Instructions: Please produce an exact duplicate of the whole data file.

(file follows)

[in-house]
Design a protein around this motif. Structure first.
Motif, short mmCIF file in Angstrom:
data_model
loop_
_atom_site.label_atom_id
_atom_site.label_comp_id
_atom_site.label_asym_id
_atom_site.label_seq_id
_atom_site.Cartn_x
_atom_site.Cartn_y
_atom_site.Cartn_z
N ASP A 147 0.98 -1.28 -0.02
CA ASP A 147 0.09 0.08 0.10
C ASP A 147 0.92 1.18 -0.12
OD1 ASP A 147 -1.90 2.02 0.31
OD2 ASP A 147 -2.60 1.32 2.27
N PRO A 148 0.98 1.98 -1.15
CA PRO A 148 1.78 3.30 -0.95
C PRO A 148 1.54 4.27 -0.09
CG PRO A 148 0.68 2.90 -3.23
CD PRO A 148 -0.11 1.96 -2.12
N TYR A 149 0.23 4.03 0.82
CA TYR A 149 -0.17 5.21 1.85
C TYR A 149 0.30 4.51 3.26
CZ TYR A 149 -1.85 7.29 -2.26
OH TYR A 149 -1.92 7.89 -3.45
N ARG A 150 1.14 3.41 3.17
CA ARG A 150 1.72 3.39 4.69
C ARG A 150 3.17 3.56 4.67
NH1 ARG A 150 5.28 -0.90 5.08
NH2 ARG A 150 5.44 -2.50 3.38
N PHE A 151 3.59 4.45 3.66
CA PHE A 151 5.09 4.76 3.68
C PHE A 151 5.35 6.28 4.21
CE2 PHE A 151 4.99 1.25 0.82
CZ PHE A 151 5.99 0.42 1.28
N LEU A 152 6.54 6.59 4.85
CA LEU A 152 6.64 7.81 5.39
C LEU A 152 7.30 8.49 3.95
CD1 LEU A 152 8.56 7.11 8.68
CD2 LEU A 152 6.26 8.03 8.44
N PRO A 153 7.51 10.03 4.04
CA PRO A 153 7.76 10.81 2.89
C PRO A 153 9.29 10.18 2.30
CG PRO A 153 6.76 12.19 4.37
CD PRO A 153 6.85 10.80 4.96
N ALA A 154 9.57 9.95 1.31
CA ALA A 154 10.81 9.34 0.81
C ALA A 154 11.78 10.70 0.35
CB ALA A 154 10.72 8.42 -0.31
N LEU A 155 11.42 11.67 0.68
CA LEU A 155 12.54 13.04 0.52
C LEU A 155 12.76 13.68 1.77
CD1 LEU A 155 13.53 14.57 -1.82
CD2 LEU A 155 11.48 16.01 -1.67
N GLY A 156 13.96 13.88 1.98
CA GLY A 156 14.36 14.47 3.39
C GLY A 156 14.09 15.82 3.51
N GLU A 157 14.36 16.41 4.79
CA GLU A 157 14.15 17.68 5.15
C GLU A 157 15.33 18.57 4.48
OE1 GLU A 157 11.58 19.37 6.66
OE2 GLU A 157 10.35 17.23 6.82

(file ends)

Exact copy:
[in-house]
Design a protein around this motif. Structure first.
Motif, short mmCIF file in Angstrom:
data_model
loop_
_atom_site.label_atom_id
_atom_site.label_comp_id
_atom_site.label_asym_id
_atom_site.label_seq_id
_atom_site.Cartn_x
_atom_site.Cartn_y
_atom_site.Cartn_z
N ASP A 147 0.98 -1.28 -0.02
CA ASP A 147 0.09 0.08 0.10
C ASP A 147 0.92 1.18 -0.12
OD1 ASP A 147 -1.90 2.02 0.31
OD2 ASP A 147 -2.60 1.32 2.27
N PRO A 148 0.98 1.98 -1.15
CA PRO A 148 1.78 3.30 -0.95
C PRO A 148 1.54 4.27 -0.09
CG PRO A 148 0.68 2.90 -3.23
CD PRO A 148 -0.11 1.96 -2.12
N TYR A 149 0.23 4.03 0.82
CA TYR A 149 -0.17 5.21 1.85
C TYR A 149 0.30 4.51 3.26
CZ TYR A 149 -1.85 7.29 -2.26
OH TYR A 149 -1.92 7.89 -3.45
N ARG A 150 1.14 3.41 3.17
CA ARG A 150 1.72 3.39 4.69
C ARG A 150 3.17 3.56 4.67
NH1 ARG A 150 5.28 -0.90 5.08
NH2 ARG A 150 5.44 -2.50 3.38
N PHE A 151 3.59 4.45 3.66
CA PHE A 151 5.09 4.76 3.68
C PHE A 151 5.35 6.28 4.21
CE2 PHE A 151 4.99 1.25 0.82
CZ PHE A 151 5.99 0.42 1.28
N LEU A 152 6.54 6.59 4.85
CA LEU A 152 6.64 7.81 5.39
C LEU A 152 7.30 8.49 3.95
CD1 LEU A 152 8.56 7.11 8.68
CD2 LEU A 152 6.26 8.03 8.44
N PRO A 153 7.51 10.03 4.04
CA PRO A 153 7.76 10.81 2.89
C PRO A 153 9.29 10.18 2.30
CG PRO A 153 6.76 12.19 4.37
CD PRO A 153 6.85 10.80 4.96
N ALA A 154 9.57 9.95 1.31
CA ALA A 154 10.81 9.34 0.81
C ALA A 154 11.78 10.70 0.35
CB ALA A 154 10.72 8.42 -0.31
N LEU A 155 11.42 11.67 0.68
CA LEU A 155 12.54 13.04 0.52
C LEU A 155 12.76 13.68 1.77
CD1 LEU A 155 13.53 14.57 -1.82
CD2 LEU A 155 11.48 16.01 -1.67
N GLY A 156 13.96 13.88 1.98
CA GLY A 156 14.36 14.47 3.39
C GLY A 156 14.09 15.82 3.51
N GLU A 157 14.36 16.41 4.79
CA GLU A 157 14.15 17.68 5.15
C GLU A 157 15.33 18.57 4.48
OE1 GLU A 157 11.58 19.37 6.66
OE2 GLU A 157 10.35 17.23 6.82